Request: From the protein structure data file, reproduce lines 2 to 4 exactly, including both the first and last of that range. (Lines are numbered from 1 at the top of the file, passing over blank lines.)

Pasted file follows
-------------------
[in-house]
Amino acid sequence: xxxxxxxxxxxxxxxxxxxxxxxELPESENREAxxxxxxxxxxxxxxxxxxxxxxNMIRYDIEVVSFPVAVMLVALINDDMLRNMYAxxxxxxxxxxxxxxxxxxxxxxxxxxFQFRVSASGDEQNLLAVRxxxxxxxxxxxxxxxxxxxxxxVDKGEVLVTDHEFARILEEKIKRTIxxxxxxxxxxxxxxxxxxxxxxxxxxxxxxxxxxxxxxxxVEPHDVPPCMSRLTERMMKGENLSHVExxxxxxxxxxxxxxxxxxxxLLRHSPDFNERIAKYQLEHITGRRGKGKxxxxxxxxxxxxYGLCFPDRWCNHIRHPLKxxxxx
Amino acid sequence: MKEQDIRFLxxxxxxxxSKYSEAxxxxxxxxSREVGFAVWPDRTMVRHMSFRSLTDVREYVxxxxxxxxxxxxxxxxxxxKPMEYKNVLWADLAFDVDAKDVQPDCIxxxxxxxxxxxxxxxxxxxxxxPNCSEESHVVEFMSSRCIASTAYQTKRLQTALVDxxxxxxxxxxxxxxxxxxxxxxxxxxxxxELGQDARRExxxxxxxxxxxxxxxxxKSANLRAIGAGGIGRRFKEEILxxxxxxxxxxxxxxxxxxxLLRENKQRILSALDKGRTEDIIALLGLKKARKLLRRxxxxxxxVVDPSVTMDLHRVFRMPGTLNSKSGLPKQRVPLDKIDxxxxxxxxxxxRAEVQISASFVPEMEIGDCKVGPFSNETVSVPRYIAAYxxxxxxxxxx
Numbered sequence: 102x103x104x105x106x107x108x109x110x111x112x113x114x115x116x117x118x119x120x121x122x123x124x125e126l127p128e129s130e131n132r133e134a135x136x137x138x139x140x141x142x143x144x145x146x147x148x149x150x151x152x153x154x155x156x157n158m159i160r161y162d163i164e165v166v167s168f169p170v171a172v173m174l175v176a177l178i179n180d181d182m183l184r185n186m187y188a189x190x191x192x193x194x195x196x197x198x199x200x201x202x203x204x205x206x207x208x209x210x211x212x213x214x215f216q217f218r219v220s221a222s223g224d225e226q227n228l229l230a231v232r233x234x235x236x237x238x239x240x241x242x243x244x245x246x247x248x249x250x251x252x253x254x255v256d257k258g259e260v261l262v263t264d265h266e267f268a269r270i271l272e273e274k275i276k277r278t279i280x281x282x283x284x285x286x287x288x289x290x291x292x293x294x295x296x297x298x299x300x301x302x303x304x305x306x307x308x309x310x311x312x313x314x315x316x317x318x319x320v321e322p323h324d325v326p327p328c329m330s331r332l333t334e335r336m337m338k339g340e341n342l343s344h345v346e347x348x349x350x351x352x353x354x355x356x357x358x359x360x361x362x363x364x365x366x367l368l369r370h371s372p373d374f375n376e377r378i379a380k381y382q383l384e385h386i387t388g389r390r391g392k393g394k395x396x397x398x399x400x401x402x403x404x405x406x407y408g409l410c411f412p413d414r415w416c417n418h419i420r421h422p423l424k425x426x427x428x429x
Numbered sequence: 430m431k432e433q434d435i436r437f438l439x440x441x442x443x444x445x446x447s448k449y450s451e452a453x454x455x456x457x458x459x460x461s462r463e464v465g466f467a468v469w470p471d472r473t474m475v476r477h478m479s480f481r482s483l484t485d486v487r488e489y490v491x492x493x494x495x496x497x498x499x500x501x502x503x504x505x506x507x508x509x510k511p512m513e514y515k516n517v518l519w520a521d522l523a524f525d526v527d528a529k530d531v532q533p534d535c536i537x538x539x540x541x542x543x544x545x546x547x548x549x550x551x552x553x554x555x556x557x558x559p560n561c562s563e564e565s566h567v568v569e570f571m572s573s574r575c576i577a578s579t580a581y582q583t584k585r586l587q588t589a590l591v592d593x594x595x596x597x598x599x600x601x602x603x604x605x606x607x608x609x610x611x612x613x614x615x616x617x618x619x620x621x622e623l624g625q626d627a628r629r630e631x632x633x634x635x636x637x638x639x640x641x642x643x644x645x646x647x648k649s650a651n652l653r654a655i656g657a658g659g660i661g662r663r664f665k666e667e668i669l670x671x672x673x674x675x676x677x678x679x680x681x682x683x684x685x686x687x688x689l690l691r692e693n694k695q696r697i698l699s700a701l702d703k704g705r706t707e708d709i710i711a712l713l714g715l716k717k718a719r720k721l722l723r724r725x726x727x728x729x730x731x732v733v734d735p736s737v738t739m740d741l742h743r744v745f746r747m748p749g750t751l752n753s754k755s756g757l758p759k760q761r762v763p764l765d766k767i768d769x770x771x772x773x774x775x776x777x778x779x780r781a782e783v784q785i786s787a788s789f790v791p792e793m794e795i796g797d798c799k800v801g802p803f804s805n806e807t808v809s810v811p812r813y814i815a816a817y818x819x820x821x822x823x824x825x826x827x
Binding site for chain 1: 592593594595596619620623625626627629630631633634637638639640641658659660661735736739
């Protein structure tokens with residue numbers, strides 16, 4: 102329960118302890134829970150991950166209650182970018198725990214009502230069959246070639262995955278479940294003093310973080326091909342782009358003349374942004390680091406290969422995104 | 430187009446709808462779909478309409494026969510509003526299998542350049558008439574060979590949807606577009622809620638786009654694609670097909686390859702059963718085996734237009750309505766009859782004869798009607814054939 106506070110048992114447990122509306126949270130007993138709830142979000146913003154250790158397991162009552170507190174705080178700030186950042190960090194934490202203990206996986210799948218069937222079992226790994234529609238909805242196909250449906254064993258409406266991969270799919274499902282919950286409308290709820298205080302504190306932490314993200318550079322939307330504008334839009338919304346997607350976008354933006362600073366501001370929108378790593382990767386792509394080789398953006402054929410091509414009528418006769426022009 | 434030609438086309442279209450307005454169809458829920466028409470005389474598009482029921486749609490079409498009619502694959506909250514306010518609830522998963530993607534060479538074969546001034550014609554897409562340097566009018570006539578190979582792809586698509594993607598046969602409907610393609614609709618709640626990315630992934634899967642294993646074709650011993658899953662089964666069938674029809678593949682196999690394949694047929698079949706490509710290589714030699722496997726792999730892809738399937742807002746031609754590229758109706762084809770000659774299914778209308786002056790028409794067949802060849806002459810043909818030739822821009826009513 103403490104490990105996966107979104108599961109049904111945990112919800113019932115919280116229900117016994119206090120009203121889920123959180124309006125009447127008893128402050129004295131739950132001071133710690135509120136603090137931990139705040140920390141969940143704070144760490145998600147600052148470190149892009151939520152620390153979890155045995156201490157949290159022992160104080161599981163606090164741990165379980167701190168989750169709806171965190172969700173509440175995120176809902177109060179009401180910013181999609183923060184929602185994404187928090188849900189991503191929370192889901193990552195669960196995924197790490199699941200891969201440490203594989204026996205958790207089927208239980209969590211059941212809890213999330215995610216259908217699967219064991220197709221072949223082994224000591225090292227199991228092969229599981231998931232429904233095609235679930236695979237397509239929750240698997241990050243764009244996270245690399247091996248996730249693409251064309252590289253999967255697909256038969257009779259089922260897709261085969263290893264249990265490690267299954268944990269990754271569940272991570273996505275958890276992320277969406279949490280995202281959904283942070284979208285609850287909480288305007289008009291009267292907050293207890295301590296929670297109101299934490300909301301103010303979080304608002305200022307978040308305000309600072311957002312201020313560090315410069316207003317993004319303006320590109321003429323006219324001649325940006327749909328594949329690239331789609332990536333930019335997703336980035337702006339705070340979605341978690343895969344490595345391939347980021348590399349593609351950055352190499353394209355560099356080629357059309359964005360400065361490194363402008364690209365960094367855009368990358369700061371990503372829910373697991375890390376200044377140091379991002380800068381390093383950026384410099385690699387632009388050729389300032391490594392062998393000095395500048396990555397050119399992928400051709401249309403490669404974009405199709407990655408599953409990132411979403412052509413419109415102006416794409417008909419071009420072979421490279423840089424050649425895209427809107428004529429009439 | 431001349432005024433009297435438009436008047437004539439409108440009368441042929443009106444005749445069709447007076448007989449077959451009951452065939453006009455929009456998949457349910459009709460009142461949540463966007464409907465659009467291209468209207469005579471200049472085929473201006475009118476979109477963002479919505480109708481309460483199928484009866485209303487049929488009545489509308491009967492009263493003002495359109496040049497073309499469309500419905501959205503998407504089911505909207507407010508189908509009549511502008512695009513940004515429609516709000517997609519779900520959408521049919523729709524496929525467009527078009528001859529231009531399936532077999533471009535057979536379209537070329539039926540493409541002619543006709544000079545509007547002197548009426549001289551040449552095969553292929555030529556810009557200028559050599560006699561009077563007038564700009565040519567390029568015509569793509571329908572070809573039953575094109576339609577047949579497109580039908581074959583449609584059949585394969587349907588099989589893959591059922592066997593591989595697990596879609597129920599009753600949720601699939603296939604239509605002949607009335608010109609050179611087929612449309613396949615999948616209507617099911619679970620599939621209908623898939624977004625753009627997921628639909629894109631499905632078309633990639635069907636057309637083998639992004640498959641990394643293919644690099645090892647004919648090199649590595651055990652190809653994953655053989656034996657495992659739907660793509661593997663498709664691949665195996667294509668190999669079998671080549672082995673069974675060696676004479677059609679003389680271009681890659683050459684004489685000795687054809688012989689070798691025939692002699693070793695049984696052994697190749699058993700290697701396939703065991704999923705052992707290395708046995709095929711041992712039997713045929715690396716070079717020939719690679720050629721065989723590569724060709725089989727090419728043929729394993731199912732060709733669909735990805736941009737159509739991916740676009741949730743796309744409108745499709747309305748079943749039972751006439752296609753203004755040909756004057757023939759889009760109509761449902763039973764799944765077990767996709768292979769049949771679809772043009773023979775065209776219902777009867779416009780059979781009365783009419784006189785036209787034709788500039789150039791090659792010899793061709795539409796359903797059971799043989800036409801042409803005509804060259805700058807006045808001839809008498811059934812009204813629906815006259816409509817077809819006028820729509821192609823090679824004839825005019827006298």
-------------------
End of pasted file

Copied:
Amino acid sequence: xxxxxxxxxxxxxxxxxxxxxxxELPESENREAxxxxxxxxxxxxxxxxxxxxxxNMIRYDIEVVSFPVAVMLVALINDDMLRNMYAxxxxxxxxxxxxxxxxxxxxxxxxxxFQFRVSASGDEQNLLAVRxxxxxxxxxxxxxxxxxxxxxxVDKGEVLVTDHEFARILEEKIKRTIxxxxxxxxxxxxxxxxxxxxxxxxxxxxxxxxxxxxxxxxVEPHDVPPCMSRLTERMMKGENLSHVExxxxxxxxxxxxxxxxxxxxLLRHSPDFNERIAKYQLEHITGRRGKGKxxxxxxxxxxxxYGLCFPDRWCNHIRHPLKxxxxx
Amino acid sequence: MKEQDIRFLxxxxxxxxSKYSEAxxxxxxxxSREVGFAVWPDRTMVRHMSFRSLTDVREYVxxxxxxxxxxxxxxxxxxxKPMEYKNVLWADLAFDVDAKDVQPDCIxxxxxxxxxxxxxxxxxxxxxxPNCSEESHVVEFMSSRCIASTAYQTKRLQTALVDxxxxxxxxxxxxxxxxxxxxxxxxxxxxxELGQDARRExxxxxxxxxxxxxxxxxKSANLRAIGAGGIGRRFKEEILxxxxxxxxxxxxxxxxxxxLLRENKQRILSALDKGRTEDIIALLGLKKARKLLRRxxxxxxxVVDPSVTMDLHRVFRMPGTLNSKSGLPKQRVPLDKIDxxxxxxxxxxxRAEVQISASFVPEMEIGDCKVGPFSNETVSVPRYIAAYxxxxxxxxxx
Numbered sequence: 102x103x104x105x106x107x108x109x110x111x112x113x114x115x116x117x118x119x120x121x122x123x124x125e126l127p128e129s130e131n132r133e134a135x136x137x138x139x140x141x142x143x144x145x146x147x148x149x150x151x152x153x154x155x156x157n158m159i160r161y162d163i164e165v166v167s168f169p170v171a172v173m174l175v176a177l178i179n180d181d182m183l184r185n186m187y188a189x190x191x192x193x194x195x196x197x198x199x200x201x202x203x204x205x206x207x208x209x210x211x212x213x214x215f216q217f218r219v220s221a222s223g224d225e226q227n228l229l230a231v232r233x234x235x236x237x238x239x240x241x242x243x244x245x246x247x248x249x250x251x252x253x254x255v256d257k258g259e260v261l262v263t264d265h266e267f268a269r270i271l272e273e274k275i276k277r278t279i280x281x282x283x284x285x286x287x288x289x290x291x292x293x294x295x296x297x298x299x300x301x302x303x304x305x306x307x308x309x310x311x312x313x314x315x316x317x318x319x320v321e322p323h324d325v326p327p328c329m330s331r332l333t334e335r336m337m338k339g340e341n342l343s344h345v346e347x348x349x350x351x352x353x354x355x356x357x358x359x360x361x362x363x364x365x366x367l368l369r370h371s372p373d374f375n376e377r378i379a380k381y382q383l384e385h386i387t388g389r390r391g392k393g394k395x396x397x398x399x400x401x402x403x404x405x406x407y408g409l410c411f412p413d414r415w416c417n418h419i420r421h422p423l424k425x426x427x428x429x